Shan Liu doesn't really care how he does at competitions.
"My teacher Stephen [De Pledge], he always says concerts and competitions are just for practising... I just give it my best try."
Liu's 'best try' made him the youngest ever winner of this year's Lewis Eady National Junior Piano Competition, at the ripe old age of 13.
Speaking with RNZ Concert host Bryan Crump, Liu credits his father and uncle with his love of classical music.
His father, who plays the violin, also had a "really old crusty upright piano" in the house which he tinkled on from time to time when Liu was a baby.
The sounds intrigued the infant Liu who began to tinkle the ivories himself.
He would also listen in to his father and uncle playing classical music on old vinyl recordings.
"When we went to uncle's house, he would always have music on in the background... and I would like to touch the vinyl, and he said that would break them. I didn't know how. It had some sort of special connection with me."
When Liu began playing J S Bach by ear on the piano, his father thought it was time to start some DIY lessons. At first, that involved picking up playing tips online.
"Those [online] tutorials, you'd see just the hands. So we'd copy every single finger on the video."
Still not able to read music, the 8-year-old Liu entered the Lewis Eady Junior Contest (an annual competition, for children from 4-12 years old) in 2018, just "for fun". His father showed him how the notes in the musical scores related to the fingering of the piano keys, "and I would straight off copy that, so I really didn't need music at that point".
But his parents realised, following success in the contest and his increasingly obvious potential, that he did need a piano teacher.
John Eady helped find Liu find one: Stephen De Pledge.
"When I first started going to lessons with Stephen [in 2019], my main problem was sight reading and reading music."
It wasn't a problem for long. Here's Shan Liu in action, playing at the 2020 Lewis Eady National Junior Piano Competition.
In the 2023 Lewis Eady competition, one of Liu's feature works in his recital was Scriabin's Piano Sonata No 4, which has plenty of notes on each page.
"I started learning the piece at the start of the year, just for fun. I think all the harmonious melodies and stuff are really interesting and weird, which I really love."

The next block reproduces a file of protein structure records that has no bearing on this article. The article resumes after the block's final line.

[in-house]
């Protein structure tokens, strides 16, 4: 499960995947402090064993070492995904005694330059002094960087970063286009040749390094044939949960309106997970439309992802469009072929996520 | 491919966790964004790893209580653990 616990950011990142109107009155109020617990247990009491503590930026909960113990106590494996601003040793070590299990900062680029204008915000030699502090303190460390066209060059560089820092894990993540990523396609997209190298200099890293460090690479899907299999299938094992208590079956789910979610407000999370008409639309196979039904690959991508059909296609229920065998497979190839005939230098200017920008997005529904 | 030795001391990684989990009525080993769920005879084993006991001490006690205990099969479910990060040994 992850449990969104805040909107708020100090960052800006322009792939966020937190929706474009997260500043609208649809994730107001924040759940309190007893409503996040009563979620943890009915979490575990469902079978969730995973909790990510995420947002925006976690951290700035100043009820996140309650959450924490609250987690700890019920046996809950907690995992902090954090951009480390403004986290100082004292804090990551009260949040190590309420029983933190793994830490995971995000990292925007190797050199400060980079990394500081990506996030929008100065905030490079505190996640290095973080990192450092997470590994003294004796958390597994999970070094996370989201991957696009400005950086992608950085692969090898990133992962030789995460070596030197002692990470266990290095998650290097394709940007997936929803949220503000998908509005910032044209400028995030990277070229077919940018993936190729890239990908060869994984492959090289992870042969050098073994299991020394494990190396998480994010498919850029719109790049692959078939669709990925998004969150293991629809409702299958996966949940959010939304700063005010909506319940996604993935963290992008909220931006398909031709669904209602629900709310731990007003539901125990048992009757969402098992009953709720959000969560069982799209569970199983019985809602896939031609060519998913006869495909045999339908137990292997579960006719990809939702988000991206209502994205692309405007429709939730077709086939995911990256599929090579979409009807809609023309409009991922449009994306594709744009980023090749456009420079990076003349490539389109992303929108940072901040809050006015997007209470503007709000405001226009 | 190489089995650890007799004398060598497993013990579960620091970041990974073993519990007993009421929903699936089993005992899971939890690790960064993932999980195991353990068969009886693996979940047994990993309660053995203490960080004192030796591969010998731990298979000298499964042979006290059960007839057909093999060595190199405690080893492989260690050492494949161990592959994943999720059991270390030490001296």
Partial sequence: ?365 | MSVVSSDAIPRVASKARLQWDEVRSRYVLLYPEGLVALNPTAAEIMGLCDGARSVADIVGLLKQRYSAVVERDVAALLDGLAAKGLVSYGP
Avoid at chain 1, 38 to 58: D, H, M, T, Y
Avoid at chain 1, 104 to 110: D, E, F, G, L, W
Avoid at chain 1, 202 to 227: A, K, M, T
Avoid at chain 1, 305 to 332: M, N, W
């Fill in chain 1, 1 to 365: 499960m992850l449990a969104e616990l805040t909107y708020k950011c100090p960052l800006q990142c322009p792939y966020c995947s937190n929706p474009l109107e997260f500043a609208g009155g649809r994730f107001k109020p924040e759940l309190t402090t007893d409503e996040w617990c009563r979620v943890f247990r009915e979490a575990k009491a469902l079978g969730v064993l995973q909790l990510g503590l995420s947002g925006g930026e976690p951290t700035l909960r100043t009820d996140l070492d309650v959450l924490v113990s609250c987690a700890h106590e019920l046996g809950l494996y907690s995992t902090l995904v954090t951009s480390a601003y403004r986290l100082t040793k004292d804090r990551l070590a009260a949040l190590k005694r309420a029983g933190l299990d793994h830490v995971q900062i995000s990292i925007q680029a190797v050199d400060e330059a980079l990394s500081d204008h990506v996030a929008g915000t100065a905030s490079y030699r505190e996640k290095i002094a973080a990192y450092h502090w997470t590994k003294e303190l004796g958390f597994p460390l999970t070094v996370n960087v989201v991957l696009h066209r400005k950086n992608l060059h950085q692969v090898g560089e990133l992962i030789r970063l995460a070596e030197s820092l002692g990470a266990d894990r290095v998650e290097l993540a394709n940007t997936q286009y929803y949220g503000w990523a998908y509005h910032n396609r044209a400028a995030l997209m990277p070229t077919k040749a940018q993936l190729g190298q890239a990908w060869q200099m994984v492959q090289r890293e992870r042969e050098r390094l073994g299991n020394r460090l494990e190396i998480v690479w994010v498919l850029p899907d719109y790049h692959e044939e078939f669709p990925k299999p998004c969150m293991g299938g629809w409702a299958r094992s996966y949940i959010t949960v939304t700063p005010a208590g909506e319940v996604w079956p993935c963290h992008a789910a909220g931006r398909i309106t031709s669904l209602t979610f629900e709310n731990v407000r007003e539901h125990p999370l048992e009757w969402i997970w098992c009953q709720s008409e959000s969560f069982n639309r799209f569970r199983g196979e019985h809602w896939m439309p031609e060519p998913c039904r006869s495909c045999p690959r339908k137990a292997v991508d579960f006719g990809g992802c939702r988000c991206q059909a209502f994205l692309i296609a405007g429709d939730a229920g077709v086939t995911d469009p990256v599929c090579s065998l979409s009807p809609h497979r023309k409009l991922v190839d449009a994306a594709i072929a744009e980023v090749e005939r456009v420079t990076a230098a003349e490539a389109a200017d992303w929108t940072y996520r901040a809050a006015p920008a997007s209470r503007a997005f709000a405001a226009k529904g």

At first Liu found it hard. At the age of 13, his hands are still on the small side (for a pianist) and some of the fingering is asking a lot of a 13 year old. But "progressively, I just fell in love with the piece".
Liu will be hoping his hands continue to grow, because next year he's taking on the Second Piano Concerto by the super-mitt-sized Rachmaninov with the Manukau Symphony Orchestra.
He's already performed Grieg's Piano Concerto with them, but the Rachmaninov is another step up.
However, what really impresses a lot of the music lovers who have heard and seen Liu play is not his technical ability – which is already pretty advanced – but his instinctive musicality, something far more precious and rare.
"A lot of people when they look back at video recordings of my concerts, I use a lot of facial expressions. Some people might love it, some people might not necessarily, but it's quite natural for me to just move around the piano."
Are those facial expressions are a sign of Liu responding to the music as he plays it?
"Basically yes... I really don't plan out how I want to shape the music, it's just how I feel I want to shape the music, depending on the mood of the day."
There's an audible exhalation of air when Crump asks Liu if he's set on becoming a professional pianist.
"I think there's still a long way to go and I don't want to set high standards like I want to pursue music as a career, because it's really hard to become a full-time professional pianist... but music is my passion so I'd aim towards pursuing music for as long as I can."
His family want him to study medicine or engineering.
"Classic Asian parenting," he laughs, but they also support him pursuing music as well.
"I'll decide when I'm older."
In the meantime, there are two big concerts coming up in 2024. There's the Rachmaninov with the Manukau Symphony Orchestra, and Khachaturian's Piano Concerto with the NZSO National Youth Orchestra, which is what he's studying at the moment "and just getting the notes under my fingers for now".
We think music is already well and truly under Liu's skin.
Mozart, Wolfgang Amadeus: Piano Sonata No 14 in C minor K457 (1), excerpt - Shan Liu (piano) (RNZ 2023)
Scriabin, Alexander: Piano Sonata No 4 in F# minor Op 30 - Shan Liu (piano) (RNZ 2023)